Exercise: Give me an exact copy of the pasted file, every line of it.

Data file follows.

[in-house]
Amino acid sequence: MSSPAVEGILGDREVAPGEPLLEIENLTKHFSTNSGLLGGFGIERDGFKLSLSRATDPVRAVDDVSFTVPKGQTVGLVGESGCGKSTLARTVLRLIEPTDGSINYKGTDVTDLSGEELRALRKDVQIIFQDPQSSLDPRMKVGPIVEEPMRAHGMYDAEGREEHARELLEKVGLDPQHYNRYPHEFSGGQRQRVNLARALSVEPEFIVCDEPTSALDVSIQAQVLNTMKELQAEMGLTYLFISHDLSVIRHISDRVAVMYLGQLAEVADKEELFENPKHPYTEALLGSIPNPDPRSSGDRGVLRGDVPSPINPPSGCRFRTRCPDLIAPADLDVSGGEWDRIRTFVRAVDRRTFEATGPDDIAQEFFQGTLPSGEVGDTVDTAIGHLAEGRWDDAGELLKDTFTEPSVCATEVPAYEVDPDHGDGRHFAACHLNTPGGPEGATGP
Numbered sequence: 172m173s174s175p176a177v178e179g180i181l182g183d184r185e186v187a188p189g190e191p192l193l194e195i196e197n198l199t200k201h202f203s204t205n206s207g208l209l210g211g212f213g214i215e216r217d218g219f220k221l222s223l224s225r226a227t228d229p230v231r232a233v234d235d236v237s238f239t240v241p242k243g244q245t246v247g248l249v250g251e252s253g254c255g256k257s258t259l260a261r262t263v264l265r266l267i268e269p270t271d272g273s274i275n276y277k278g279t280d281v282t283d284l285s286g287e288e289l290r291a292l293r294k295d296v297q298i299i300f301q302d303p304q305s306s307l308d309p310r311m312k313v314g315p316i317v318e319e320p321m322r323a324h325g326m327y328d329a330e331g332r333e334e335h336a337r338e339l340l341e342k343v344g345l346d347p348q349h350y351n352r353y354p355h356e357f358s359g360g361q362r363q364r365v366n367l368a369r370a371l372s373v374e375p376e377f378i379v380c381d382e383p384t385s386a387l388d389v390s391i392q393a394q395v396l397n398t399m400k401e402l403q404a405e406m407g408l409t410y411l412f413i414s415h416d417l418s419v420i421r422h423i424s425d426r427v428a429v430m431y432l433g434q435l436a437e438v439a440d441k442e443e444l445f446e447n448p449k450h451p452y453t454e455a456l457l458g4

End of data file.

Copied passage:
[in-house]
Amino acid sequence: MSSPAVEGILGDREVAPGEPLLEIENLTKHFSTNSGLLGGFGIERDGFKLSLSRATDPVRAVDDVSFTVPKGQTVGLVGESGCGKSTLARTVLRLIEPTDGSINYKGTDVTDLSGEELRALRKDVQIIFQDPQSSLDPRMKVGPIVEEPMRAHGMYDAEGREEHARELLEKVGLDPQHYNRYPHEFSGGQRQRVNLARALSVEPEFIVCDEPTSALDVSIQAQVLNTMKELQAEMGLTYLFISHDLSVIRHISDRVAVMYLGQLAEVADKEELFENPKHPYTEALLGSIPNPDPRSSGDRGVLRGDVPSPINPPSGCRFRTRCPDLIAPADLDVSGGEWDRIRTFVRAVDRRTFEATGPDDIAQEFFQGTLPSGEVGDTVDTAIGHLAEGRWDDAGELLKDTFTEPSVCATEVPAYEVDPDHGDGRHFAACHLNTPGGPEGATGP
Numbered sequence: 172m173s174s175p176a177v178e179g180i181l182g183d184r185e186v187a188p189g190e191p192l193l194e195i196e197n198l199t200k201h202f203s204t205n206s207g208l209l210g211g212f213g214i215e216r217d218g219f220k221l222s223l224s225r226a227t228d229p230v231r232a233v234d235d236v237s238f239t240v241p242k243g244q245t246v247g248l249v250g251e252s253g254c255g256k257s258t259l260a261r262t263v264l265r266l267i268e269p270t271d272g273s274i275n276y277k278g279t280d281v282t283d284l285s286g287e288e289l290r291a292l293r294k295d296v297q298i299i300f301q302d303p304q305s306s307l308d309p310r311m312k313v314g315p316i317v318e319e320p321m322r323a324h325g326m327y328d329a330e331g332r333e334e335h336a337r338e339l340l341e342k343v344g345l346d347p348q349h350y351n352r353y354p355h356e357f358s359g360g361q362r363q364r365v366n367l368a369r370a371l372s373v374e375p376e377f378i379v380c381d382e383p384t385s386a387l388d389v390s391i392q393a394q395v396l397n398t399m400k401e402l403q404a405e406m407g408l409t410y411l412f413i414s415h416d417l418s419v420i421r422h423i424s425d426r427v428a429v430m431y432l433g434q435l436a437e438v439a440d441k442e443e444l445f446e447n448p449k450h451p452y453t454e455a456l457l458g4